Abstract

http://ssrn.com/abstract=2341840
 


 



The No Reading Problem in Consumer Contract Law


Ian Ayres


Yale University - Yale Law School; Yale University - Yale School of Management

Alan Schwartz


Yale Law School

October 17, 2013

Stanford Law Review, Forthcoming
Yale Law School, Public Law Research Paper No. 314
Yale Law & Economics Research Paper No. 483

Abstract:     
Instead of attempting to promote informed consumer assent through quixotic attempts to have consumers read ever-expanding disclosures, this Article argues that consumer protection law should focus on “term optimism” – situations in which consumers expect more favorable terms than they actually receive. We propose a system under which mass market sellers are required periodically to engage in a process of “term substantiation” through which sellers would learn whether their consumers held accurate beliefs about the terms of their agreement. Terms that meet or exceed the median consumer’s expectation would be enforceable even if buried or only available on request. But sellers could enforce unexpected, unfavorable terms only if they are disclosed in a “warning box” that has a government-provided standard border. To prevent overuse of the box, sellers would need (i) to exclude terms from the box that meet or exceed consumer expectations and (ii) to order terms in the box in descending order of consumer importance. Such a system of term substantiation coupled with targeted warnings about unexpected terms jettisons as unworkable the duty to read ideal. It instead economizes on consumer scarce attention by increasing the salience of those terms that are most likely to inhibit informed consent. Term substantiation lets the representative consumer determine what sellers disclose and thus democratizes the content of form contracts.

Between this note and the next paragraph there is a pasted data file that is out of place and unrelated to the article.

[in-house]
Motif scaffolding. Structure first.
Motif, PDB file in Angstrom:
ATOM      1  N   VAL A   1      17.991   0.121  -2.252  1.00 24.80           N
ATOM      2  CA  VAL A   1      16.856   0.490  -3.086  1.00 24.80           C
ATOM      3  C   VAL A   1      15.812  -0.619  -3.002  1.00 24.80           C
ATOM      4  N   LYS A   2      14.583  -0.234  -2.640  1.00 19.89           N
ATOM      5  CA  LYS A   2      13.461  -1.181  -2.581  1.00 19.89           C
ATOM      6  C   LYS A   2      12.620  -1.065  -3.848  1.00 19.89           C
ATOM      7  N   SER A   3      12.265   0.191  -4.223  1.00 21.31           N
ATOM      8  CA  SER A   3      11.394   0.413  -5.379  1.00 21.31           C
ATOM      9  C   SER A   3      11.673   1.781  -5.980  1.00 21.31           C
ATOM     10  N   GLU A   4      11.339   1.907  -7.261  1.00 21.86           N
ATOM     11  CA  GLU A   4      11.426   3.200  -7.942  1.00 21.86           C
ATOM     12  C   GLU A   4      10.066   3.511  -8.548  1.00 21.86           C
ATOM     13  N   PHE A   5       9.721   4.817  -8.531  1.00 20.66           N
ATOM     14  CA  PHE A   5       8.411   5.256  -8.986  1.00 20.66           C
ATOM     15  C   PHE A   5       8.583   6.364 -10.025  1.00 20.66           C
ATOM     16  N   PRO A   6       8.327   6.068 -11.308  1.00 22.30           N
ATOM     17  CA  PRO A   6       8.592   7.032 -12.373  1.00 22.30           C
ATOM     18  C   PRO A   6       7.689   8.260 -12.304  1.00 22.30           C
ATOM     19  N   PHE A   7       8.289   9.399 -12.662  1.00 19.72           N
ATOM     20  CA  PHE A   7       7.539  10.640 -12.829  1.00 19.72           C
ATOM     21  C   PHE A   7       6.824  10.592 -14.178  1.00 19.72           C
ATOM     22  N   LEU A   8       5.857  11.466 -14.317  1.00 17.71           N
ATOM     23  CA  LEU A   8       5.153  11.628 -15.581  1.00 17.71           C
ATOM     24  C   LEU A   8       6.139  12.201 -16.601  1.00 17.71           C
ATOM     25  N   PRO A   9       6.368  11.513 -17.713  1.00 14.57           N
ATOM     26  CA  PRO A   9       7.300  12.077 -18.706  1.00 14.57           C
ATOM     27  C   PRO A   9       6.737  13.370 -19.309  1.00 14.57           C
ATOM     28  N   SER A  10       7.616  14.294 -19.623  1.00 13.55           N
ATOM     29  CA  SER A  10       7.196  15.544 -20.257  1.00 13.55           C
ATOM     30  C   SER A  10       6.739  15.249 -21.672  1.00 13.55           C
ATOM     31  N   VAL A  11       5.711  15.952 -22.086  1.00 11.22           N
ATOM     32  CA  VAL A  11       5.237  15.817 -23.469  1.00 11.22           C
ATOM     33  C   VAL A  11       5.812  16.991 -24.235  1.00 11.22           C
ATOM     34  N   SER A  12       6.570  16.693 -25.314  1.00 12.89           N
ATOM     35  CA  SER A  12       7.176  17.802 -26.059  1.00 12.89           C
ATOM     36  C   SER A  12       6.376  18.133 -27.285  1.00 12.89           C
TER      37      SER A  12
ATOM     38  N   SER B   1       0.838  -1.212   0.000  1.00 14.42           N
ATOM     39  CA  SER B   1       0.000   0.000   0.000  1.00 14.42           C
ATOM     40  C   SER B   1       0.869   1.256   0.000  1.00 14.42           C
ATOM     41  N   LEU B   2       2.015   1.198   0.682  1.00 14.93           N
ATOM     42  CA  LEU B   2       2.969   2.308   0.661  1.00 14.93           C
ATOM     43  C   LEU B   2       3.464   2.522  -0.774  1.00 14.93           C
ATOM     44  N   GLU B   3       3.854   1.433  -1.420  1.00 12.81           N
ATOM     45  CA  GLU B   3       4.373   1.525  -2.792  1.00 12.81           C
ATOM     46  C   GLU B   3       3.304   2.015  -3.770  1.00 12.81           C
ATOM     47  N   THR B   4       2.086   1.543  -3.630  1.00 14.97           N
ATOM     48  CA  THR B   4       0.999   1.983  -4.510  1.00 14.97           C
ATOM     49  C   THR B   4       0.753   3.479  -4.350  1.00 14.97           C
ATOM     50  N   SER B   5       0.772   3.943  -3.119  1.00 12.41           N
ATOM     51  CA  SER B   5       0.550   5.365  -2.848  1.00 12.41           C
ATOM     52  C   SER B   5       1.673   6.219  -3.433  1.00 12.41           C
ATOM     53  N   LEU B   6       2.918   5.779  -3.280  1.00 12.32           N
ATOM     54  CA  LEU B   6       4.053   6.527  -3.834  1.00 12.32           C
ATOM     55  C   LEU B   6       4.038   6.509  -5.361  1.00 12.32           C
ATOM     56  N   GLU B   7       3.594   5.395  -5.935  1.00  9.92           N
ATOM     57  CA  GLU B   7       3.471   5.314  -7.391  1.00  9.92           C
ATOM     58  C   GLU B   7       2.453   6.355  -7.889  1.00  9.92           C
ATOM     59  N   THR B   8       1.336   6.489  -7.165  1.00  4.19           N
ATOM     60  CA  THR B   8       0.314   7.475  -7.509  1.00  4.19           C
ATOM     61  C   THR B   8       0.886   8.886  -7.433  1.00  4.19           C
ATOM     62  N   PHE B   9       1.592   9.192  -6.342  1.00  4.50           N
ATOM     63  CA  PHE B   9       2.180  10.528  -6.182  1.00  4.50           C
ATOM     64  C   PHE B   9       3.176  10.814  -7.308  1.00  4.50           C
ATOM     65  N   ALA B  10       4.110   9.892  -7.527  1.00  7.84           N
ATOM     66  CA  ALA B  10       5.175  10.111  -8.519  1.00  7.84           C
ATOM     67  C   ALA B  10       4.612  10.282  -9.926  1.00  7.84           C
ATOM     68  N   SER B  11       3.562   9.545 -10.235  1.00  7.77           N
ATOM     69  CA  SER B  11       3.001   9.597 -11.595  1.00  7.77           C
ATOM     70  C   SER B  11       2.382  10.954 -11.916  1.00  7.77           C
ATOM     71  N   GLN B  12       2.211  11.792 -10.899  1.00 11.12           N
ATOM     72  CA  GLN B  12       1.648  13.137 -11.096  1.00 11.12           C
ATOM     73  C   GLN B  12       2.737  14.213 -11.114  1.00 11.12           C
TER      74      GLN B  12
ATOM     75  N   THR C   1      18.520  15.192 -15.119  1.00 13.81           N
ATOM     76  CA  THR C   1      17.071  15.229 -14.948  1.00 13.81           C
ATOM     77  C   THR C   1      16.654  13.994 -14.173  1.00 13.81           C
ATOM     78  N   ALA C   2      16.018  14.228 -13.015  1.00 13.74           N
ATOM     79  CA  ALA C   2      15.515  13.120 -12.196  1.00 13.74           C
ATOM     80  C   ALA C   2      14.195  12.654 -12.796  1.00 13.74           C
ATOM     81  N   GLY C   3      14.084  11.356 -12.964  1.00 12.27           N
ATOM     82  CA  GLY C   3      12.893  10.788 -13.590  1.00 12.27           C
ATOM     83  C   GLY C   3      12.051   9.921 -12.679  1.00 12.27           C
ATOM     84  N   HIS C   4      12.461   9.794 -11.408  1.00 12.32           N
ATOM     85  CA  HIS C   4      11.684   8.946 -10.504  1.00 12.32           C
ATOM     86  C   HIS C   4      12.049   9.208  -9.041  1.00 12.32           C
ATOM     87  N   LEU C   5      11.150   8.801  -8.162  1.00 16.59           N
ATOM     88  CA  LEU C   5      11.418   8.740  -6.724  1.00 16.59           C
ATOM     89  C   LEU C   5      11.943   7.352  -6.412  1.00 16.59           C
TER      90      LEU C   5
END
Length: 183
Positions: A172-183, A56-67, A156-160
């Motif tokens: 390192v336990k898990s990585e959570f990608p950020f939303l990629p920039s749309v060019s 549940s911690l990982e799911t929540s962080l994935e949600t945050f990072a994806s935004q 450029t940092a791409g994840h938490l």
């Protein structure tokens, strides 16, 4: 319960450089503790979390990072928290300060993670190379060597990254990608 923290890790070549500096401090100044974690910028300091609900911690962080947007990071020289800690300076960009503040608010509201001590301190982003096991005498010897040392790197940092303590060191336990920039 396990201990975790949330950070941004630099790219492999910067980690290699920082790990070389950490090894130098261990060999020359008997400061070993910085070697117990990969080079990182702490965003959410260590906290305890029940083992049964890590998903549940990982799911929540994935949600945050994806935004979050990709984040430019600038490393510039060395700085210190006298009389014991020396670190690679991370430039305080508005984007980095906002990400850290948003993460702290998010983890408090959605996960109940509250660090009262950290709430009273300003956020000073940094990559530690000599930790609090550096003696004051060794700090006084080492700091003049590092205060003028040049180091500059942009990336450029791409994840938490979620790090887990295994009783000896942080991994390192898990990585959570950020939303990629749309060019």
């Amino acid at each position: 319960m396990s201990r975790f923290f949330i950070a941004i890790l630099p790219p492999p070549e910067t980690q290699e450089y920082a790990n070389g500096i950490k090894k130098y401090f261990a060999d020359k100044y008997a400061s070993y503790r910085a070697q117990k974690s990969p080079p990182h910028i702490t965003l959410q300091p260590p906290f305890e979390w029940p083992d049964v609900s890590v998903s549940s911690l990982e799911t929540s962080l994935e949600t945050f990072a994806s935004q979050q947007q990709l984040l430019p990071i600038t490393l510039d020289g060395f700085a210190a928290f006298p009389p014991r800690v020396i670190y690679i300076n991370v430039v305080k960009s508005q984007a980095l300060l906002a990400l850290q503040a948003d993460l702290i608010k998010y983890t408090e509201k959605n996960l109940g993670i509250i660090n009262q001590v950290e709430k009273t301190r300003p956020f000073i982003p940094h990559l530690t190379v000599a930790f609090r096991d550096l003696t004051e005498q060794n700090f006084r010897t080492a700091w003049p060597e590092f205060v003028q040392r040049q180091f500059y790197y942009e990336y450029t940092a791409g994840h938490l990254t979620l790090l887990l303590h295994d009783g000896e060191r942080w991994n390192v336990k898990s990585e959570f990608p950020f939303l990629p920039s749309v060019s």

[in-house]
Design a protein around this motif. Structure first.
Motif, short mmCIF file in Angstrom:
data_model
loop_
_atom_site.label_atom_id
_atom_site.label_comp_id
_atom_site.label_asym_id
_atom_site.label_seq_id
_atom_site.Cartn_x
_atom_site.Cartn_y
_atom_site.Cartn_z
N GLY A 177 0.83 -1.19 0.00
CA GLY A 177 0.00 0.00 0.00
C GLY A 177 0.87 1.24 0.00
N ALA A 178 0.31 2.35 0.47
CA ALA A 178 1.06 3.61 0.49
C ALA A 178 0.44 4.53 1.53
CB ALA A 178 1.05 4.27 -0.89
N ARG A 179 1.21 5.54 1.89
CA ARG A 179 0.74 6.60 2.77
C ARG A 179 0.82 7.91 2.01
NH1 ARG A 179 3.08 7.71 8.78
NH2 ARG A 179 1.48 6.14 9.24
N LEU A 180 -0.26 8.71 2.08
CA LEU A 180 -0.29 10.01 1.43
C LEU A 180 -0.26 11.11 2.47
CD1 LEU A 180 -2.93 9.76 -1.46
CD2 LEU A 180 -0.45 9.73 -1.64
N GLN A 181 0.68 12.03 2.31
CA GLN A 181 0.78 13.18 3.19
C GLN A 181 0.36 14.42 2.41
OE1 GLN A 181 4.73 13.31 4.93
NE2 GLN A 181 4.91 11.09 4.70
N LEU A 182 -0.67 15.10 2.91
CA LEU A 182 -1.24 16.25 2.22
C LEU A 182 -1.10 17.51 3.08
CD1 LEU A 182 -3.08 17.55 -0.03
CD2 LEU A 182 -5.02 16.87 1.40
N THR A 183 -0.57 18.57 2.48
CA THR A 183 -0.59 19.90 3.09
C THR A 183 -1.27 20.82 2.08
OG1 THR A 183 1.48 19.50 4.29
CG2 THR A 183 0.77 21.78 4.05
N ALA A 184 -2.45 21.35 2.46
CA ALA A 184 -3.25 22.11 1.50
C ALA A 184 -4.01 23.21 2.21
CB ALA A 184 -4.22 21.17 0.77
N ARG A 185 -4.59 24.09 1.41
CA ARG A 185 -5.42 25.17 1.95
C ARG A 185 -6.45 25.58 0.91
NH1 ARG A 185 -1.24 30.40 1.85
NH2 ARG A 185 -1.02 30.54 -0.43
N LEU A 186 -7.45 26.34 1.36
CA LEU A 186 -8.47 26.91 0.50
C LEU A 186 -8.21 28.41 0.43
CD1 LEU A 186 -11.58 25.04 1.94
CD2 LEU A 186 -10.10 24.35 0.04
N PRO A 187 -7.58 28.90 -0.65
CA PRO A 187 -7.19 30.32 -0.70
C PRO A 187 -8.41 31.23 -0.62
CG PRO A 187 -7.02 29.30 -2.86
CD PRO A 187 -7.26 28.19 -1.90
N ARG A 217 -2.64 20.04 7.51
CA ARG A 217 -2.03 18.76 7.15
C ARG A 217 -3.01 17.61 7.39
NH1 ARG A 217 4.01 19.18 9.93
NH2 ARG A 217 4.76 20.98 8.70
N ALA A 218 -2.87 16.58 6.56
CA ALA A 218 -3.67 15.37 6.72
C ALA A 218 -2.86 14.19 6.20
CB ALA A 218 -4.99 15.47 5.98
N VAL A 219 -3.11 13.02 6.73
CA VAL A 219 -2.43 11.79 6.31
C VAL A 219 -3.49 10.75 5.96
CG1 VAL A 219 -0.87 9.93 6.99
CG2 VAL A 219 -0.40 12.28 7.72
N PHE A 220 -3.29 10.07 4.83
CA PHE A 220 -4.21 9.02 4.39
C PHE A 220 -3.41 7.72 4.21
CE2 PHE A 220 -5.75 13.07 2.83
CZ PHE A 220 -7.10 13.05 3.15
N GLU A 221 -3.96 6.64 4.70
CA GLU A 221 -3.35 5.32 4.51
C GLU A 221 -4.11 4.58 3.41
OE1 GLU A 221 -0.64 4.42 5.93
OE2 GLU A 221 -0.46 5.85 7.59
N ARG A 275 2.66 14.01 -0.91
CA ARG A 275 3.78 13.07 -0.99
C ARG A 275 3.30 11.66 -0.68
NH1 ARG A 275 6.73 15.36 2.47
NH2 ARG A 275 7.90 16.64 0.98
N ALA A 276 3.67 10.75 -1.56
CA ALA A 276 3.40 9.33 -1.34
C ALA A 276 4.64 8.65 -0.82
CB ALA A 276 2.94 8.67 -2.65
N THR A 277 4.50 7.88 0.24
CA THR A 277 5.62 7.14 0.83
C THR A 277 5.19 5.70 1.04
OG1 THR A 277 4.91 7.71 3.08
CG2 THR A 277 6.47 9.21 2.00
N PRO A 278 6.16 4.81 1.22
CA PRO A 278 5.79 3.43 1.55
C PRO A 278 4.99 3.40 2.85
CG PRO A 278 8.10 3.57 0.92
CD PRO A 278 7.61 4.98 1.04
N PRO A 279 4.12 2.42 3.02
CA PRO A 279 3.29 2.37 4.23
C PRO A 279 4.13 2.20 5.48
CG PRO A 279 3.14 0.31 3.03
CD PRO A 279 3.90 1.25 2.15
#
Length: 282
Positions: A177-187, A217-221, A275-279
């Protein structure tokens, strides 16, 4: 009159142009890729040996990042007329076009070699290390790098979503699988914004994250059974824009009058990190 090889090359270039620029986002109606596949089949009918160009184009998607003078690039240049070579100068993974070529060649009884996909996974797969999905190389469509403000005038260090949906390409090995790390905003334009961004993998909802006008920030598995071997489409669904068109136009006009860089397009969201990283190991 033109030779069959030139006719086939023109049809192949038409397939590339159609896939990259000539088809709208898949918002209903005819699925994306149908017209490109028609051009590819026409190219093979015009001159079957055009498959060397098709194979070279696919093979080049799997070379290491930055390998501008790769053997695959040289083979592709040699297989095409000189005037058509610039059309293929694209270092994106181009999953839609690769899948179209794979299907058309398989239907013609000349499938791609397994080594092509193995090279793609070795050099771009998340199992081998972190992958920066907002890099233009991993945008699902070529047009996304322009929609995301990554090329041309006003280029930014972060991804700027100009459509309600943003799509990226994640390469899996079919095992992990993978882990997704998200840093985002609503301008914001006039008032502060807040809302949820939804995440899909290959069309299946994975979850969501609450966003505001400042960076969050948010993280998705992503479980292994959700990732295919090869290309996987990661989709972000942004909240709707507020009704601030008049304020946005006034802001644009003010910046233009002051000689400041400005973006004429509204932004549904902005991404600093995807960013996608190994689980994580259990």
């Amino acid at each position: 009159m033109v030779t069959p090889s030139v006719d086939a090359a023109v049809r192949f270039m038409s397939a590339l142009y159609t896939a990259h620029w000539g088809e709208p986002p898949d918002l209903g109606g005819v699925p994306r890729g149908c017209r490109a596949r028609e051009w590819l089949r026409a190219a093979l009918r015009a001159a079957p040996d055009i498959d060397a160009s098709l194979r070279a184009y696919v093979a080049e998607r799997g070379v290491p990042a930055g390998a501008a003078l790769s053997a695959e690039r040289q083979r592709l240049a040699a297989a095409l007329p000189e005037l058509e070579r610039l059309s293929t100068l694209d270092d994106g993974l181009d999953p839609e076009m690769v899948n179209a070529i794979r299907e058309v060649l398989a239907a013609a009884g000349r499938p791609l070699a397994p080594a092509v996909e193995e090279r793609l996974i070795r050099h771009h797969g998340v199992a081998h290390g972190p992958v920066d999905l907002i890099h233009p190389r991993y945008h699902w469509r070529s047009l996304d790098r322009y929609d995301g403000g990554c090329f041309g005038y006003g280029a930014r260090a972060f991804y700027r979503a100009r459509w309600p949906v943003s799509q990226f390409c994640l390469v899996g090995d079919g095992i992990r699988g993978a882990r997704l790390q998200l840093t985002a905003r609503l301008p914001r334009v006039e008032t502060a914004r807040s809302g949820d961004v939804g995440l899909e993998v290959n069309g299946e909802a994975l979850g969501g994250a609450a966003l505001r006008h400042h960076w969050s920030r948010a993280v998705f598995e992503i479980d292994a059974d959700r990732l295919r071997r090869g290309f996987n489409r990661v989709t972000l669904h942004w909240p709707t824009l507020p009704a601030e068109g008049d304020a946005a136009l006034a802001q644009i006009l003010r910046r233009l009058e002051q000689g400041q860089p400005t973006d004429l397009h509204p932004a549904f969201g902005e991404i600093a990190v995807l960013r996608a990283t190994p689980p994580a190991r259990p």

We report on the results of an original term substantiation field experiment documenting user expectations concerning unread Facebook EULA provisions. Consistent with our analysis, we find that users can correctly evaluate many of these provisions. Importantly, we find that term optimism exists: there are a few unexpectedly, unfavorable terms that, under our proposal, would be presumptively unenforceable unless subject to heightened disclosure.

Number of Pages in PDF File: 59

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Date posted: October 19, 2013 ; Last revised: November 21, 2013

Suggested Citation

Ayres, Ian and Schwartz, Alan, The No Reading Problem in Consumer Contract Law (October 17, 2013). Stanford Law Review, Forthcoming; Yale Law School, Public Law Research Paper No. 314; Yale Law & Economics Research Paper No. 483. Available at SSRN: http://ssrn.com/abstract=2341840

Contact Information

Ian Ayres (Contact Author)
Yale University - Yale Law School ( email )
P.O. Box 208215
New Haven, CT 06520-8215
United States
203-432-7101 (Phone)
203-432-2592 (Fax)
Yale University - Yale School of Management
135 Prospect Street
P.O. Box 208200
New Haven, CT 06520-8200
United States
Alan Schwartz
Yale Law School ( email )
P.O. Box 208215
New Haven, CT 06520-8215
United States
203-432-4030 (Phone)
203-432-8260 (Fax)
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